By Paul Waugh
Home abortions in England, Scotland and Wales are to be made easier during the coronavirus outbreak, the Department of Health has confirmed.
Under a temporary relaxation of the law, the two pills needed to terminate a pregnancy can now be prescribed after an online or phone consultation with a doctor, removing the previous requirement to attend a hospital or clinic in person.
The decision, which is a U-turn on advice issued just a week ago, was warmly welcomed by medical professionals and women’s rights groups who had warned that the national “lockdown” had made it difficult for abortion services to continue.
Over the next 13 weeks, it is estimated that 44,000 women in England and Wales are likely to need access to an early medical abortion.
A total of 13 different organisations – including the Royal College of Obstetricians and Gynaecologists (RCOG), the Royal College of Midwives and the British Advisory Pregnancy Service (BPAS) – had written to health secretary Matt Hancock to urge him to liberalise the law.
As revealed by HuffPost UK last week, officials in the Department of Health had sent out an email and updated its website to signal a change in the law, but within hours that was withdrawn and Hancock had said there were no plans for a new policy.
However, on Monday, the department changed tack again to announce the shift towards a “temporary” liberalisation.
“Public safety and continued access to key services is our priority during this difficult period. We are updating our guidance so women who need an abortion up to 10 weeks and can’t access a clinic can use abortion pills at home,” a spokesperson said.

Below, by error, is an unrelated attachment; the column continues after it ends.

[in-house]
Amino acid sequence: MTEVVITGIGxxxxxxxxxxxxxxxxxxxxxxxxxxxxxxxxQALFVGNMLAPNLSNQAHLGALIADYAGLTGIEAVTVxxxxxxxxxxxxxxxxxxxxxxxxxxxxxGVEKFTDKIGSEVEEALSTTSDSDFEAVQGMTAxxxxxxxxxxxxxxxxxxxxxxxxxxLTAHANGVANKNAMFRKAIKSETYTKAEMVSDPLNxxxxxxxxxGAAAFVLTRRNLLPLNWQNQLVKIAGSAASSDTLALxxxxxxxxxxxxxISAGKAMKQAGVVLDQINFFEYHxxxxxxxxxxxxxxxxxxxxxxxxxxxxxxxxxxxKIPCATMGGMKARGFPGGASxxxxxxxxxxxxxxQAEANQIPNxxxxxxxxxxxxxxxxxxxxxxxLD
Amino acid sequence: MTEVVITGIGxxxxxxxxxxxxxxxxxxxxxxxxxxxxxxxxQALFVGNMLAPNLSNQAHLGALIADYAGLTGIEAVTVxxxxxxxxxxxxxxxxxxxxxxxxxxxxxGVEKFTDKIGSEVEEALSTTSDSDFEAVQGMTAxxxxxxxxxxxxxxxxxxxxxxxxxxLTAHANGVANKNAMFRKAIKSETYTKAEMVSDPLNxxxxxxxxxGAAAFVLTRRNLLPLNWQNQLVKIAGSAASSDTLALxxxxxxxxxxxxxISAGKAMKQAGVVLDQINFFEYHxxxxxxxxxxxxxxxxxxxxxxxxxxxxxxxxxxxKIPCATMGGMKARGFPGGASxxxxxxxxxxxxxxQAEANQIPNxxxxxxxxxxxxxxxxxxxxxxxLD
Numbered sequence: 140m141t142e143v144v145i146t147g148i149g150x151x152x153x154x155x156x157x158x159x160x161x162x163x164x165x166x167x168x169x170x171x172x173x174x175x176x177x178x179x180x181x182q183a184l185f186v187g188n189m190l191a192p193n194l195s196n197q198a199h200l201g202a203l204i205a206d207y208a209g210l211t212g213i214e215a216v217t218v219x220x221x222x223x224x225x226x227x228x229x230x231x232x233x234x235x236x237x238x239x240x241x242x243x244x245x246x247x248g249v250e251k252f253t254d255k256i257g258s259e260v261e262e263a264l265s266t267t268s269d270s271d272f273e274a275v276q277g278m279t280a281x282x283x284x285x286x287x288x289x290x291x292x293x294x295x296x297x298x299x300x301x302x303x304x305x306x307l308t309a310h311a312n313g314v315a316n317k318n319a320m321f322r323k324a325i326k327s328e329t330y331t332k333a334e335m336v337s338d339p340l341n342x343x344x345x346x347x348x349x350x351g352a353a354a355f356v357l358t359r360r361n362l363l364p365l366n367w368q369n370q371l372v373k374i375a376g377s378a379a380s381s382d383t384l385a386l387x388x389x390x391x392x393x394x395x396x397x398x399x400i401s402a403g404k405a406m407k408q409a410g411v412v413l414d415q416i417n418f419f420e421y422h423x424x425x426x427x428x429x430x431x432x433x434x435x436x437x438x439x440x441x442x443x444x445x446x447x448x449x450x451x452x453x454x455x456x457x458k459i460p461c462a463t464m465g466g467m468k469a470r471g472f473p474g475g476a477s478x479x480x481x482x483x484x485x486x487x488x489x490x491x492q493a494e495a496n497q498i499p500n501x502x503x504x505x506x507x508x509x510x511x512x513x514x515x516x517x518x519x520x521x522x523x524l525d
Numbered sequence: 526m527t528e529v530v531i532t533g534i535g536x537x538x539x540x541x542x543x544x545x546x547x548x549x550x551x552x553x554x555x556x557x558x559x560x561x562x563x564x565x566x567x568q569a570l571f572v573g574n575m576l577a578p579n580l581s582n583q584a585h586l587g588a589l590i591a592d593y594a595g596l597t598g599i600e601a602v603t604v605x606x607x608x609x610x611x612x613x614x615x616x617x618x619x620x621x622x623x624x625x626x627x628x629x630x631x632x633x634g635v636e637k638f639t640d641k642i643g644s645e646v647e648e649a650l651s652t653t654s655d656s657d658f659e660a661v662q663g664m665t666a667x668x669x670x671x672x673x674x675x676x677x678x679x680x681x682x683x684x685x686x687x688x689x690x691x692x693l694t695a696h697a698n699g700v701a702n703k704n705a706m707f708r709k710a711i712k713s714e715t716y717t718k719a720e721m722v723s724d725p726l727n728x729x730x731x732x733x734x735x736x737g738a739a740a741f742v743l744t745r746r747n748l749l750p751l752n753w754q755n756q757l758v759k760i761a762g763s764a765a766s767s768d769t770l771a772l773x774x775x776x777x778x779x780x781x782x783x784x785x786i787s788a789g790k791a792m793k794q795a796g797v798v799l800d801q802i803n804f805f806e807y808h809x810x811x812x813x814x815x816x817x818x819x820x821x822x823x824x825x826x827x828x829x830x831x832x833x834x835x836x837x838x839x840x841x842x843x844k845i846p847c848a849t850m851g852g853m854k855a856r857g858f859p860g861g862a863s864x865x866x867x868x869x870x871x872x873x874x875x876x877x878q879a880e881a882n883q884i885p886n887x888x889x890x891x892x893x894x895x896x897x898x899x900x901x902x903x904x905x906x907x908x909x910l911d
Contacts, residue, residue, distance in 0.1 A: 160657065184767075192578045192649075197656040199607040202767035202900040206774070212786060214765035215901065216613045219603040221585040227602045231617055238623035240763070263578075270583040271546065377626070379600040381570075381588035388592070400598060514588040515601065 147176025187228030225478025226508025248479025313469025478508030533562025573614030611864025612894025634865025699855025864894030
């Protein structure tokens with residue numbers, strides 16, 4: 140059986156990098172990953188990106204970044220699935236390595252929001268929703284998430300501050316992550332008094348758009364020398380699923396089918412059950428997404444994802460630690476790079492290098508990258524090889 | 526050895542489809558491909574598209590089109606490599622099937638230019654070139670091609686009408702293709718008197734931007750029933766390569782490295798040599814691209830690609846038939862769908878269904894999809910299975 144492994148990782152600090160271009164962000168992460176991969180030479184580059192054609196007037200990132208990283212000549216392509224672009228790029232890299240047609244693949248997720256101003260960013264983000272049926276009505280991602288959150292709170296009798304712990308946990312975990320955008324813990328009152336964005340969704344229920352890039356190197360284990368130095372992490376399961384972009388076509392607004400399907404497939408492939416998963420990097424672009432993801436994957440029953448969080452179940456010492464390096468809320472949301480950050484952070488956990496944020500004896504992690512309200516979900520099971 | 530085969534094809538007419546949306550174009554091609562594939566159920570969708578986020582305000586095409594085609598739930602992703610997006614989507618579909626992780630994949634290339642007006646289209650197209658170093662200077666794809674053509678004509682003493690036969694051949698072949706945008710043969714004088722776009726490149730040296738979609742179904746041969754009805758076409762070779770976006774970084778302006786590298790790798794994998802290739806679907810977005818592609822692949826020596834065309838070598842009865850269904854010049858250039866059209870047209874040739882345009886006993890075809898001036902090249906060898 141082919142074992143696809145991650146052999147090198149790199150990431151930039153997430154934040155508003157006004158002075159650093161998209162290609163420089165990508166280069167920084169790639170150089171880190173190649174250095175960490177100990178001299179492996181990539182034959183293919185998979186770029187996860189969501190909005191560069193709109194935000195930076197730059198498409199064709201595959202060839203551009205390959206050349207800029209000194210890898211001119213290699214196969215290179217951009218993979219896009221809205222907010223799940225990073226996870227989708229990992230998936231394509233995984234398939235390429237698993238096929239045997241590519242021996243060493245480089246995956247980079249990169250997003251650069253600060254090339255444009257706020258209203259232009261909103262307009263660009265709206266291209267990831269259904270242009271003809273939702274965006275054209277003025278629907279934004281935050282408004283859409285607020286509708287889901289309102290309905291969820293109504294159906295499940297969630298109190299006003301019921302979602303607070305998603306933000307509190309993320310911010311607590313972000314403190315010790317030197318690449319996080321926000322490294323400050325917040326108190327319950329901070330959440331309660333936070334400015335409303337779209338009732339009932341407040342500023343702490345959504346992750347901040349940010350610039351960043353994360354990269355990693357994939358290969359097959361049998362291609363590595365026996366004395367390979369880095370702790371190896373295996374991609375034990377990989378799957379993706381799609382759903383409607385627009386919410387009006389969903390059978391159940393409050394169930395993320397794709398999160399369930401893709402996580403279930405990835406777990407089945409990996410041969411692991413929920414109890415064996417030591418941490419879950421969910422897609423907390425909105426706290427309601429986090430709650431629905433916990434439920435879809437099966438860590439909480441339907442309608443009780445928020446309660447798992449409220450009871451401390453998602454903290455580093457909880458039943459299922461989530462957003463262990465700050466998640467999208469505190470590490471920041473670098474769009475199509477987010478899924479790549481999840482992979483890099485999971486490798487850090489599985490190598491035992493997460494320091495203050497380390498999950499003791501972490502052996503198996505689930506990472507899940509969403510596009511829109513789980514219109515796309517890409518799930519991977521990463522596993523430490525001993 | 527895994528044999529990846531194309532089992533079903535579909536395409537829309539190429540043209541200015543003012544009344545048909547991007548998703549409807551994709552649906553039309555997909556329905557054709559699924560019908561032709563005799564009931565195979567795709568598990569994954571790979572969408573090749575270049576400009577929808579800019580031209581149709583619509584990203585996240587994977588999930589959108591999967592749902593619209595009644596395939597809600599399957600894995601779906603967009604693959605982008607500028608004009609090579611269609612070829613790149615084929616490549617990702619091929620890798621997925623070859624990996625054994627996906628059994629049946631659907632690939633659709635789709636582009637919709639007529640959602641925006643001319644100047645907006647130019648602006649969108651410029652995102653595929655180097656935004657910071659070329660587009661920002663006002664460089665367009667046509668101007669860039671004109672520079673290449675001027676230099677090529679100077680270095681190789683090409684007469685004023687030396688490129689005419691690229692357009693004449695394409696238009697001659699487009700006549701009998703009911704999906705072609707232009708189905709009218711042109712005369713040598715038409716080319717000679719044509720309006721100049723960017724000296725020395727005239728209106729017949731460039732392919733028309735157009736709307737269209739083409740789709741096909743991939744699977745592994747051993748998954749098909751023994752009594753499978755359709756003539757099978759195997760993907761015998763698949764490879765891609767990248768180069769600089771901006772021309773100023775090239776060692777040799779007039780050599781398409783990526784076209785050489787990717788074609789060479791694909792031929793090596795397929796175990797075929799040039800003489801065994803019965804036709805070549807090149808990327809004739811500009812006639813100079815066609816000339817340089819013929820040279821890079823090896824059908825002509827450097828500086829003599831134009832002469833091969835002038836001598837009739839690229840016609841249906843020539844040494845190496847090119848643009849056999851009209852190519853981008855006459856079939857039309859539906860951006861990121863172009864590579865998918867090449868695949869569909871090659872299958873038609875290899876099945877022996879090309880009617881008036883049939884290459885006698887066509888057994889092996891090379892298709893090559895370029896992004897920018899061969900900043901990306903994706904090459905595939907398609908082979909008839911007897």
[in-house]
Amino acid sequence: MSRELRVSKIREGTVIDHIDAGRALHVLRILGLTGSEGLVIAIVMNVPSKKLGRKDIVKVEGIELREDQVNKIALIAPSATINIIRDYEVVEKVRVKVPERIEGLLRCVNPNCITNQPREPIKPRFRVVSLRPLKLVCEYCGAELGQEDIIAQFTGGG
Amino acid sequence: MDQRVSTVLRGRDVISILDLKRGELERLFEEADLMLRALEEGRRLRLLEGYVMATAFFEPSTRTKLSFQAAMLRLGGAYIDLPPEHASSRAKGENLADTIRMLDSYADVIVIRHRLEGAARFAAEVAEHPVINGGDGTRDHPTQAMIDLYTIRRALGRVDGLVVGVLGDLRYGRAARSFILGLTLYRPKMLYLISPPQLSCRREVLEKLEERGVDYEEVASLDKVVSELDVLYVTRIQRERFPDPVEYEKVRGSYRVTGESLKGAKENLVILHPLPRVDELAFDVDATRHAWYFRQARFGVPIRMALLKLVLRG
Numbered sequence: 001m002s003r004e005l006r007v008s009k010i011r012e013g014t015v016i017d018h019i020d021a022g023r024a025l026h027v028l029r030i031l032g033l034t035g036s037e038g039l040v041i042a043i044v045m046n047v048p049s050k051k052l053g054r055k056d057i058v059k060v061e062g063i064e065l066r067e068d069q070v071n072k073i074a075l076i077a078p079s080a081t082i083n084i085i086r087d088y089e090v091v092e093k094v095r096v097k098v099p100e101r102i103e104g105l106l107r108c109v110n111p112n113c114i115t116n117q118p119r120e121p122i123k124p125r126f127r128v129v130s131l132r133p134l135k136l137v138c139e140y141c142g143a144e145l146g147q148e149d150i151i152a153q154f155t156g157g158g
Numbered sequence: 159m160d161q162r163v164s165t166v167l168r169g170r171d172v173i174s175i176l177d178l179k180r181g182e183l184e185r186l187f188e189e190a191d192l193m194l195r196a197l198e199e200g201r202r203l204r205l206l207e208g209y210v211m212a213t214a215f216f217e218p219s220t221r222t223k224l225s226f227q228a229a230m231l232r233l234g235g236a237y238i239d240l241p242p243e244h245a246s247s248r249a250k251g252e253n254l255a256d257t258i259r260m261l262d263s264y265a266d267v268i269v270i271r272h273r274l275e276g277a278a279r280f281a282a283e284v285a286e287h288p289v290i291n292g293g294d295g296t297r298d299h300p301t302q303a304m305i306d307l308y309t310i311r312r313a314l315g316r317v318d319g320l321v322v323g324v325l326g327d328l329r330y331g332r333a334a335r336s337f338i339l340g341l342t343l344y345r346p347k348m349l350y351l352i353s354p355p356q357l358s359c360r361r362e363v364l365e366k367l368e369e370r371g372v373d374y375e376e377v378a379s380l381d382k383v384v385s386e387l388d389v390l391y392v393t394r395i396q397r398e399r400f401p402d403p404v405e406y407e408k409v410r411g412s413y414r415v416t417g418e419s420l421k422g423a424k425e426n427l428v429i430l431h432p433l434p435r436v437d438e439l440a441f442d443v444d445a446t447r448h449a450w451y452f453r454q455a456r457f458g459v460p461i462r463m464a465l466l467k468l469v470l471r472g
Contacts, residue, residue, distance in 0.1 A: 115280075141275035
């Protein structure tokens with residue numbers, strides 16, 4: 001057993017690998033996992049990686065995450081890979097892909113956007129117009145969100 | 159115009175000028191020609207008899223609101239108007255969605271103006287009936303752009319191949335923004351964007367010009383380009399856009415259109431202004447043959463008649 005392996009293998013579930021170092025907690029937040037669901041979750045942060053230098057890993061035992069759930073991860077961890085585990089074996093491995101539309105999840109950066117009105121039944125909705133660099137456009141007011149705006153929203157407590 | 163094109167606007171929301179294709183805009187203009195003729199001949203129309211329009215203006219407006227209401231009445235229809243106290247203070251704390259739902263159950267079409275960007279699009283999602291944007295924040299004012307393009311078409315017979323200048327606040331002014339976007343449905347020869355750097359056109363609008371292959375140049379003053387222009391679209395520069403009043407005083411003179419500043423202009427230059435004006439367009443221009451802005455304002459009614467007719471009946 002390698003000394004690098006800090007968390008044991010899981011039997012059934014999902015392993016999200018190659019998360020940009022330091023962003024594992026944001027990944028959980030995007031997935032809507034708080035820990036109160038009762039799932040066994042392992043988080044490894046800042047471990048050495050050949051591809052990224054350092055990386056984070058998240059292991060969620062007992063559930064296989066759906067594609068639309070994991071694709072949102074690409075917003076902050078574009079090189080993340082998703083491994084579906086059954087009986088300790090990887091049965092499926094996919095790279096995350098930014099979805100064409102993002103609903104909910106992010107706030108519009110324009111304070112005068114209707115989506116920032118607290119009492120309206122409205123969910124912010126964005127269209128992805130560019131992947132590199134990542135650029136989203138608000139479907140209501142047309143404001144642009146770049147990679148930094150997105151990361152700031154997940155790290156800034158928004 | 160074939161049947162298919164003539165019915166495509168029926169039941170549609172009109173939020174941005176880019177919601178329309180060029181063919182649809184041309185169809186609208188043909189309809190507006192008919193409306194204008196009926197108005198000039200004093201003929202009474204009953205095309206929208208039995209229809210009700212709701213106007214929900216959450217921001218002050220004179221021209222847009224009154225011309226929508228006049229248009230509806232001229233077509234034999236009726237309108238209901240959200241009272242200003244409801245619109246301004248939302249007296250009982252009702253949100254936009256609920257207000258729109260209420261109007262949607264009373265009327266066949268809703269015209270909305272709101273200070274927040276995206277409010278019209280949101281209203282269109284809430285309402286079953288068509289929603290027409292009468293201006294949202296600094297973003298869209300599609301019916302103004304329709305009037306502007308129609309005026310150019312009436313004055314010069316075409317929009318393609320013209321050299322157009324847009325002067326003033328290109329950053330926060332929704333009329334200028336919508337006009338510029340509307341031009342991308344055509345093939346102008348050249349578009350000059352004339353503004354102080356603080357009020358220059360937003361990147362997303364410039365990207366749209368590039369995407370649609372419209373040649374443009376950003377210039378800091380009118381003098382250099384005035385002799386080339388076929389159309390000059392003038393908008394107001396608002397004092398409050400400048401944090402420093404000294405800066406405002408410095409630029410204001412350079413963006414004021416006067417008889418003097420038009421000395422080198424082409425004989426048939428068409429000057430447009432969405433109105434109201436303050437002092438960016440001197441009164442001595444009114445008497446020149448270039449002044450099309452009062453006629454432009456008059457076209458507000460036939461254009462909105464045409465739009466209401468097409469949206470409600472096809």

The change means that women can be prescribed and take at home both pills – mifepristone and misoprostol – needed for a medical abortion up to 10 weeks of pregnancy.
Labour MP Stella Creasy told HuffPost UK: “The secretary of state has made the right call reversing their decision to reverse the original guidance and ensure women can still access abortion services in England during the Covid-19 crisis.
“It should never be acceptable that in a crisis women’s healthcare needs are the first in line to be abandoned, so thank you to everyone who spoke up to ensure that this wasn’t the case.”
Creasy added that women in Northern Ireland should now be given similar access to healthcare if they require it.
In Northern Ireland, abortion care is now lawful, but services are not yet in place and telemedical abortion care is not permitted.
Edward Morris of the RCOG said: “Giving women the option of taking both abortion pills at home following a video consultation is safe and effective and has rightly been judged as a vital and necessary step if we are to limit the spread of Covid-19.
“Many women will no longer be forced to make the difficult decision between leaving their home and continuing with an unwanted pregnancy.”
Ann Furedi, CEO of British BPAS, said: “We welcome the confirmation we have received today that the government will re-instate telemedicine for early medical abortion in England.
“This will prevent tens of thousands of women from having to travel needlessly to clinics and will also enable many of our healthcare professionals to provide teleconsultations and prescriptions from the safety of their own homes.
“BPAS staff have shown superhuman strength over recent weeks in order to prevent the collapse of services and ensure women can access the care they need.”